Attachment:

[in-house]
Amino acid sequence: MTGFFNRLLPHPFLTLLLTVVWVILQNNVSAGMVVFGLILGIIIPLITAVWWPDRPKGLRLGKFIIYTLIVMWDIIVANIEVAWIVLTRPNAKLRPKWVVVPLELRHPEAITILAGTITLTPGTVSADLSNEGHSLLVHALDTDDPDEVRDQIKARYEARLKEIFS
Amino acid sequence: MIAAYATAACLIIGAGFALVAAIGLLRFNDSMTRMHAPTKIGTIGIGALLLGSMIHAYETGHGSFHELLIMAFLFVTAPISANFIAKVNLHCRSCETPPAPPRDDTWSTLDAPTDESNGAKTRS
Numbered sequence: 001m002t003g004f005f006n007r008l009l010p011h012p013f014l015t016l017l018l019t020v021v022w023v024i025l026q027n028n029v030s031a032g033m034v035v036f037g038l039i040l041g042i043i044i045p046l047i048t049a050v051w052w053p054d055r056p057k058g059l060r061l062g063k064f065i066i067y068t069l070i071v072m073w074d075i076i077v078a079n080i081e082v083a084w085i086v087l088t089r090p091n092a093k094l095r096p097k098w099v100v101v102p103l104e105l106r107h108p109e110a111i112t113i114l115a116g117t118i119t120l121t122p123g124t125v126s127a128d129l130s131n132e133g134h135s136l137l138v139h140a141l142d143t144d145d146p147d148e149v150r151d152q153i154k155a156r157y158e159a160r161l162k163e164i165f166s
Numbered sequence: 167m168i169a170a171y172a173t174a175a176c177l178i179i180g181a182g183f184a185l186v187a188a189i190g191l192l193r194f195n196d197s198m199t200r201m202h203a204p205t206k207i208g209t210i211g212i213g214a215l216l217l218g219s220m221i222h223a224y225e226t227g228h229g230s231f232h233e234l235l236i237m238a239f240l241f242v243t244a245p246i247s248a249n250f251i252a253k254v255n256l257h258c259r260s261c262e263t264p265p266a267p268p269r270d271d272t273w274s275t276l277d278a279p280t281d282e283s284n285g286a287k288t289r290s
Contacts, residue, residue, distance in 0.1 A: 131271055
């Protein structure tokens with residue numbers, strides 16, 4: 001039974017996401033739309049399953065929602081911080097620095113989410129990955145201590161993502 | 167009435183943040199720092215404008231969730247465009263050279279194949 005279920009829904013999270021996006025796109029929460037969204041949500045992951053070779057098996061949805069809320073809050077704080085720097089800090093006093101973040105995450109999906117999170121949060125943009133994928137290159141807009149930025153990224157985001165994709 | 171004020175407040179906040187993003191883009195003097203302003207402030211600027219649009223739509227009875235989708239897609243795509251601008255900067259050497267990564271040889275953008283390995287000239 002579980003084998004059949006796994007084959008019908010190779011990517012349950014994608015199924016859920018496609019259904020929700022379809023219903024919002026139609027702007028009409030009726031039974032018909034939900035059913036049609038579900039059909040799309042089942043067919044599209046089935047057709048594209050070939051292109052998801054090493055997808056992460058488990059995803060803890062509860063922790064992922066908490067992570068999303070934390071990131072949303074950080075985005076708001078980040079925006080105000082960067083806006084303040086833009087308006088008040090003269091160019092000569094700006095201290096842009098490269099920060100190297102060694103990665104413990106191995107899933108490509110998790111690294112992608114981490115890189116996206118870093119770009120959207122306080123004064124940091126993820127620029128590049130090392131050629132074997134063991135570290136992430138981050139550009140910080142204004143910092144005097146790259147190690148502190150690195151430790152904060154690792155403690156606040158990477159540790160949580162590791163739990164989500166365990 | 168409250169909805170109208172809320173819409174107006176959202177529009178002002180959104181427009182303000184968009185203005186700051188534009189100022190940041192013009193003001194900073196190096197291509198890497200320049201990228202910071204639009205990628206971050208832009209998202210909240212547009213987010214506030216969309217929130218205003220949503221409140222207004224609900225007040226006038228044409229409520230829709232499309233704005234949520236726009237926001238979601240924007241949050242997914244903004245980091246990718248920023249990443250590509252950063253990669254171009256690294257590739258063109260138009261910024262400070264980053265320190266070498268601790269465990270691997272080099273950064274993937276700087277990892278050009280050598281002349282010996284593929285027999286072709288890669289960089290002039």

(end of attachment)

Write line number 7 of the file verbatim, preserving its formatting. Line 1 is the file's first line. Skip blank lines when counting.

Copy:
């Protein structure tokens with residue numbers, strides 16, 4: 001039974017996401033739309049399953065929602081911080097620095113989410129990955145201590161993502 | 167009435183943040199720092215404008231969730247465009263050279279194949 005279920009829904013999270021996006025796109029929460037969204041949500045992951053070779057098996061949805069809320073809050077704080085720097089800090093006093101973040105995450109999906117999170121949060125943009133994928137290159141807009149930025153990224157985001165994709 | 171004020175407040179906040187993003191883009195003097203302003207402030211600027219649009223739509227009875235989708239897609243795509251601008255900067259050497267990564271040889275953008283390995287000239 002579980003084998004059949006796994007084959008019908010190779011990517012349950014994608015199924016859920018496609019259904020929700022379809023219903024919002026139609027702007028009409030009726031039974032018909034939900035059913036049609038579900039059909040799309042089942043067919044599209046089935047057709048594209050070939051292109052998801054090493055997808056992460058488990059995803060803890062509860063922790064992922066908490067992570068999303070934390071990131072949303074950080075985005076708001078980040079925006080105000082960067083806006084303040086833009087308006088008040090003269091160019092000569094700006095201290096842009098490269099920060100190297102060694103990665104413990106191995107899933108490509110998790111690294112992608114981490115890189116996206118870093119770009120959207122306080123004064124940091126993820127620029128590049130090392131050629132074997134063991135570290136992430138981050139550009140910080142204004143910092144005097146790259147190690148502190150690195151430790152904060154690792155403690156606040158990477159540790160949580162590791163739990164989500166365990 | 168409250169909805170109208172809320173819409174107006176959202177529009178002002180959104181427009182303000184968009185203005186700051188534009189100022190940041192013009193003001194900073196190096197291509198890497200320049201990228202910071204639009205990628206971050208832009209998202210909240212547009213987010214506030216969309217929130218205003220949503221409140222207004224609900225007040226006038228044409229409520230829709232499309233704005234949520236726009237926001238979601240924007241949050242997914244903004245980091246990718248920023249990443250590509252950063253990669254171009256690294257590739258063109260138009261910024262400070264980053265320190266070498268601790269465990270691997272080099273950064274993937276700087277990892278050009280050598281002349282010996284593929285027999286072709288890669289960089290002039």